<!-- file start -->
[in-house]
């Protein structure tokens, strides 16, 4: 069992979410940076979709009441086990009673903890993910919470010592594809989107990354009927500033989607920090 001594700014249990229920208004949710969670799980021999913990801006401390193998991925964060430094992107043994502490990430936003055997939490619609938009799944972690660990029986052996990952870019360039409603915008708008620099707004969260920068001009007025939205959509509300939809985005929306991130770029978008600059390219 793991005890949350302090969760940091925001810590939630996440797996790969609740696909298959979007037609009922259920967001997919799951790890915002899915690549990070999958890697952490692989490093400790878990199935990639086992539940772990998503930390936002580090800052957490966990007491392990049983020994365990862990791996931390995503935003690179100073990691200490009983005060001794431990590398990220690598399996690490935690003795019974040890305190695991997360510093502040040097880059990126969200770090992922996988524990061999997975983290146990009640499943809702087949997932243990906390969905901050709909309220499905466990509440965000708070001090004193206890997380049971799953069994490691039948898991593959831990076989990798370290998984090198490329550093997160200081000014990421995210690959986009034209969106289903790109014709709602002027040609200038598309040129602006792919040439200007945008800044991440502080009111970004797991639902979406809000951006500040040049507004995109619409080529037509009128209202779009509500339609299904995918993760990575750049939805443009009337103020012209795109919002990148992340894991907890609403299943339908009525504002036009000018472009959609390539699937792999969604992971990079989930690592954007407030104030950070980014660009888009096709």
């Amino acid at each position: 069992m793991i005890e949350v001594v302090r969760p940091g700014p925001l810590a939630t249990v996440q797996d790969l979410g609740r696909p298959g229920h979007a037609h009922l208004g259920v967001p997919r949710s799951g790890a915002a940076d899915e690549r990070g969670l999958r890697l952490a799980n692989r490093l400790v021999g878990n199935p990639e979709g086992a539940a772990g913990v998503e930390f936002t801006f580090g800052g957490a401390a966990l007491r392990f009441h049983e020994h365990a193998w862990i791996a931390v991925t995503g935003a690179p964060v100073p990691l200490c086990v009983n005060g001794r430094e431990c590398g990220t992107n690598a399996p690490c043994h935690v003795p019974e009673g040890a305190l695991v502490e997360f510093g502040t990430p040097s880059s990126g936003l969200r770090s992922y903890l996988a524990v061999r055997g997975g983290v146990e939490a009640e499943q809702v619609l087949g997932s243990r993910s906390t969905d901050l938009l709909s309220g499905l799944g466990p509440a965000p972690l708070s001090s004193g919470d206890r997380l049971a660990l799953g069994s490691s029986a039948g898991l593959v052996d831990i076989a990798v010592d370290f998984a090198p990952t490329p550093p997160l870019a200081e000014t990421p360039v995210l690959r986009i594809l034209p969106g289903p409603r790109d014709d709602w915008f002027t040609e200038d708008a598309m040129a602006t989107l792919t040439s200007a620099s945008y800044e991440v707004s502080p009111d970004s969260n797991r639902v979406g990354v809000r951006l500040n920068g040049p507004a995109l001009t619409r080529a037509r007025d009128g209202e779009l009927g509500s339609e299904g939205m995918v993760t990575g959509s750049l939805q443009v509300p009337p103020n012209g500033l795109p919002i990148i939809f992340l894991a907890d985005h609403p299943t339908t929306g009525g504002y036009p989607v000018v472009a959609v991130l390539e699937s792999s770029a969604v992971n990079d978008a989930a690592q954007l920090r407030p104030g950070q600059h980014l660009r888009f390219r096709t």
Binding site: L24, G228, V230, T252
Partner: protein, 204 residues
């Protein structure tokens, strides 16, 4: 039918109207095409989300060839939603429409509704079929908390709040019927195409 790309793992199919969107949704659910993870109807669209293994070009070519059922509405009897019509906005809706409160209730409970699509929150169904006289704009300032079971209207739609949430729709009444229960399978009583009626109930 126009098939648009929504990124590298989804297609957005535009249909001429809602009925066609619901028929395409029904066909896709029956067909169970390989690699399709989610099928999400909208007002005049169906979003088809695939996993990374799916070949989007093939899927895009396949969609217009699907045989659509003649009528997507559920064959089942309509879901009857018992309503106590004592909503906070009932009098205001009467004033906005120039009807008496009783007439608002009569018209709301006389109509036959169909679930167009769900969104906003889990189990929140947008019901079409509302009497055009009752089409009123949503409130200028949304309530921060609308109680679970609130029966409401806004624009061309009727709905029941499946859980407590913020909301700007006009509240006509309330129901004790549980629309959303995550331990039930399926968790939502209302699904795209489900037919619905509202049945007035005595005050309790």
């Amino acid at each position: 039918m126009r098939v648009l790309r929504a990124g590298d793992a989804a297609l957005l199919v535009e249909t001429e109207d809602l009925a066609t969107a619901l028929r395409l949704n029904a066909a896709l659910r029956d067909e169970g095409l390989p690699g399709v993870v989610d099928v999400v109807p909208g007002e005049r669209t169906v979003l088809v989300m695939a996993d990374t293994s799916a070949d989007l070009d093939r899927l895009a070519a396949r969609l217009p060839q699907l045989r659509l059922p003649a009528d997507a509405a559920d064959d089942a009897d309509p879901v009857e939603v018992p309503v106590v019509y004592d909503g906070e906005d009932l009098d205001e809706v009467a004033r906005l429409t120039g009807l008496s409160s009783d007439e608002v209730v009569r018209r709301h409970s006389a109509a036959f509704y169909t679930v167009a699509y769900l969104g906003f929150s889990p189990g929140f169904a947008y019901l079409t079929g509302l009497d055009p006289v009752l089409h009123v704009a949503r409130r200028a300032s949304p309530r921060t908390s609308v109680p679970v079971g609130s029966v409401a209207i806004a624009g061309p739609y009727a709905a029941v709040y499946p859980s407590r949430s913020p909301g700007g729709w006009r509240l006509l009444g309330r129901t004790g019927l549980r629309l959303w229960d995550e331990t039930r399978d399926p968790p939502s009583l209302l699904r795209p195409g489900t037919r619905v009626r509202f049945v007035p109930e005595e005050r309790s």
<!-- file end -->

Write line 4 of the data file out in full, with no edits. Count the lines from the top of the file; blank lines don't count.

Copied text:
Binding site: L24, G228, V230, T252